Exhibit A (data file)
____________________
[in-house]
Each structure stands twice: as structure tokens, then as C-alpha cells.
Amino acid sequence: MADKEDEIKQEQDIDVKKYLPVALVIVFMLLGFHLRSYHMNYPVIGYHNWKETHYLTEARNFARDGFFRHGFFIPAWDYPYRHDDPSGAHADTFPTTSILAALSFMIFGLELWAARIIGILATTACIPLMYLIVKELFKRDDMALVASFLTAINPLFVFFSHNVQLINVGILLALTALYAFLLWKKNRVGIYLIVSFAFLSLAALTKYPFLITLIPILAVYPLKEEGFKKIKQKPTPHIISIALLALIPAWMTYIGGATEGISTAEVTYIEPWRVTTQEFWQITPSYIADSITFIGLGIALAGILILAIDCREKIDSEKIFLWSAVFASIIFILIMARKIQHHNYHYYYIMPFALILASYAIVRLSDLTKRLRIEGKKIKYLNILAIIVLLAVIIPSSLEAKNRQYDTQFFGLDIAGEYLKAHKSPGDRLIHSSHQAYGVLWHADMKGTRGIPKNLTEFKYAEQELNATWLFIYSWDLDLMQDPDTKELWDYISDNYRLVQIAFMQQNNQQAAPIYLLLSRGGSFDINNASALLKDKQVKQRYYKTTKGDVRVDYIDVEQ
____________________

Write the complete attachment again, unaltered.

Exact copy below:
[in-house]
Each structure stands twice: as structure tokens, then as C-alpha cells.
Amino acid sequence: MADKEDEIKQEQDIDVKKYLPVALVIVFMLLGFHLRSYHMNYPVIGYHNWKETHYLTEARNFARDGFFRHGFFIPAWDYPYRHDDPSGAHADTFPTTSILAALSFMIFGLELWAARIIGILATTACIPLMYLIVKELFKRDDMALVASFLTAINPLFVFFSHNVQLINVGILLALTALYAFLLWKKNRVGIYLIVSFAFLSLAALTKYPFLITLIPILAVYPLKEEGFKKIKQKPTPHIISIALLALIPAWMTYIGGATEGISTAEVTYIEPWRVTTQEFWQITPSYIADSITFIGLGIALAGILILAIDCREKIDSEKIFLWSAVFASIIFILIMARKIQHHNYHYYYIMPFALILASYAIVRLSDLTKRLRIEGKKIKYLNILAIIVLLAVIIPSSLEAKNRQYDTQFFGLDIAGEYLKAHKSPGDRLIHSSHQAYGVLWHADMKGTRGIPKNLTEFKYAEQELNATWLFIYSWDLDLMQDPDTKELWDYISDNYRLVQIAFMQQNNQQAAPIYLLLSRGGSFDINNASALLKDKQVKQRYYKTTKGDVRVDYIDVEQ